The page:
October 13, 2006 Don’t get me wrong, I love it here on the hill. But the thought of going abroad during some part of my junior year is so exciting. I really want to study at Kings College in London next fall, which really doesn’t leave me much time. I need to apply before this March (because of rolling admission) and need to declare my leave of absence early next semester. So I need to get start finalizing everything…and maybe actually look at what the application process entails…I should really get on that. Anyway, here’s the lowdown on Hamilton’s particular study abroad program:
About 60% of juniors study abroad for either one or two semesters each year. They can choose between Hamilton’s own programs in New York City, Washington D.C., Spain, France or China. The New York City program is really popular (a few of my friends are desperately trying to get in), and the theme changes every year (next fall is economics). While in New York, you take classes with a Hamilton Professor and also have an internship with a “globally focused firm or organization.” I want to go, and I don’t even like Econ! Hamilton also has about 180 preferred programs in over 50 countries. That’s A LOT of options. Some programs offer home-stays with a host family, apartment living with other American students, or dorm living with other students of that university.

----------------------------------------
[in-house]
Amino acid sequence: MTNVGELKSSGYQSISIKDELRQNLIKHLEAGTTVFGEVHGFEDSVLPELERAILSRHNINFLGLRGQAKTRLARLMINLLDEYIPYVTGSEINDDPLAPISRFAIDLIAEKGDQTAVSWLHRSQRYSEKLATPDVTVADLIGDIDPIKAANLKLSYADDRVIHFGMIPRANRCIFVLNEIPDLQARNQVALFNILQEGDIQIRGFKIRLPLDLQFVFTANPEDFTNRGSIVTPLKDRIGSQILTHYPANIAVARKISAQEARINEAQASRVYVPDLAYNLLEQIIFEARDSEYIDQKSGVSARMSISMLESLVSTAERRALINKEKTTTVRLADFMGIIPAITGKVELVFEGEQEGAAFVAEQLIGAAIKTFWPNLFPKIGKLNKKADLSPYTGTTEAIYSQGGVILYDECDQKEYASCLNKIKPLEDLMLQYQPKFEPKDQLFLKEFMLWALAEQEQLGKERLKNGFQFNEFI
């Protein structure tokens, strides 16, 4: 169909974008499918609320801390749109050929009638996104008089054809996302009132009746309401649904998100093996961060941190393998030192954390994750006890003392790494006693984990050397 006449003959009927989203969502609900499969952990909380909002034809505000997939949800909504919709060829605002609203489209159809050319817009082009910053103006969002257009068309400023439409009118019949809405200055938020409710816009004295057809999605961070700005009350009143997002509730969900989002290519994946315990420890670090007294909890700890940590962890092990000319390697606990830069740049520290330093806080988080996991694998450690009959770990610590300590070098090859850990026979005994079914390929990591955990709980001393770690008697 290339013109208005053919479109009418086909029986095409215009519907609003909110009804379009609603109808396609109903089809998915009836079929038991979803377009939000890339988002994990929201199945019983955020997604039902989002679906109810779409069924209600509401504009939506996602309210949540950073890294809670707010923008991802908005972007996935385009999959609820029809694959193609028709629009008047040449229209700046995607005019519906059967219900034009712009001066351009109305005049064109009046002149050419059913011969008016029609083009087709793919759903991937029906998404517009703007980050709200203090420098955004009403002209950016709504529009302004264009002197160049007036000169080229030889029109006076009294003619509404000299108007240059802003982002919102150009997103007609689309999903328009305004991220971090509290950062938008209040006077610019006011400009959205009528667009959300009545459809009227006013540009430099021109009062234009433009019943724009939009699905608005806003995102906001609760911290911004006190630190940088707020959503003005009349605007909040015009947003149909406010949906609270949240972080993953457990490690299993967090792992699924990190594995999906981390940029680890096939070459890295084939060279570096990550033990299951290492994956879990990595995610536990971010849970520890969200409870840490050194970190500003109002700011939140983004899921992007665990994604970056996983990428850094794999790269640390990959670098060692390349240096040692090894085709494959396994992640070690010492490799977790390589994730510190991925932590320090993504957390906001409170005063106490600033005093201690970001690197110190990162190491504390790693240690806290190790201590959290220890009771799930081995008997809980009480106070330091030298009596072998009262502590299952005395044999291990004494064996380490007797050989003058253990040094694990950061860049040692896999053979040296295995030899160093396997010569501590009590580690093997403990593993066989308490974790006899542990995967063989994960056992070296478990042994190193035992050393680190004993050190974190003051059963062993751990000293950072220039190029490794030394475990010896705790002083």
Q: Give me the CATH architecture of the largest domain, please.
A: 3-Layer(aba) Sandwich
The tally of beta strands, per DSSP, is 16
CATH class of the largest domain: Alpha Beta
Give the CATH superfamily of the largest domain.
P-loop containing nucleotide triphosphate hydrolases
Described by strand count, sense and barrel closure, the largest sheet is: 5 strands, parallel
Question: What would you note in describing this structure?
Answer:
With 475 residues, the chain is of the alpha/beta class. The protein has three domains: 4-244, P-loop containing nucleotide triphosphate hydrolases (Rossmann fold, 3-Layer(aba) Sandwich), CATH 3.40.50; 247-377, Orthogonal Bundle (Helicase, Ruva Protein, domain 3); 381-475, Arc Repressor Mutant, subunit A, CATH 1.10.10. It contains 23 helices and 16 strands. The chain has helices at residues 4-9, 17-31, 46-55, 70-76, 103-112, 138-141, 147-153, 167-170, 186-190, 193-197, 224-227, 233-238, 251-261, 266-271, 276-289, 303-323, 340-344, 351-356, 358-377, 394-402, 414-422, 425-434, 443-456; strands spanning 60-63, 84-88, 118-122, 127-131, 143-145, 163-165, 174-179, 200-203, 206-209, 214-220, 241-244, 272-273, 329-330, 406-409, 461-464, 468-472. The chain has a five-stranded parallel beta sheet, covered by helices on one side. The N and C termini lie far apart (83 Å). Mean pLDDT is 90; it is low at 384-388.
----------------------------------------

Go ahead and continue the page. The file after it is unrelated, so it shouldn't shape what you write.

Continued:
If you decide to go to a country where English isn’t the national language, you must take either four semesters (French, German, Russian, Spanish, Latin, Greek) or two semesters (Italian, Chinese, Japanese) of that language at Hamilton. If we don’t offer that language, then you still need to take it while you’re abroad at the university. You also need to finish your three writing intensive classes, sophomore seminar, and 3 quarters of gym in order to be eligible.
Hamilton greatly encourages study abroad, so students are able to experience new cultures, etc. (I know it sounds cliché). It seems like every other week, Carol Drogus (one of the study abroad directors) hosts an info session to explain the process. Some of the program preferred programs, like Arcadia University and Butler University, also have info sessions and pass out piles and piles of literature (I want to study at Kings through Arcadia and still have that giant booklet of all the programs from last year). There is also the “Foreign Exchange Coffee Hour” that has become a regular weekly event in Café Opus. Students who studied abroad during previous semesters host a little get together and hand out coupons for Opus goodies (muffins, coffee, COOOKIES, etc.). I recently went to the one for the UK, and spoke to seniors that studied at Oxford, University of Kent and University of Edinburgh. Unfortunately, no one studied in London, but I was able to get feedback on what studying abroad in the UK is like. This week the theme is Prague and Italy. Very cool.
So that sums up study abroad. And I hope you’re excited. Because I REALLY am.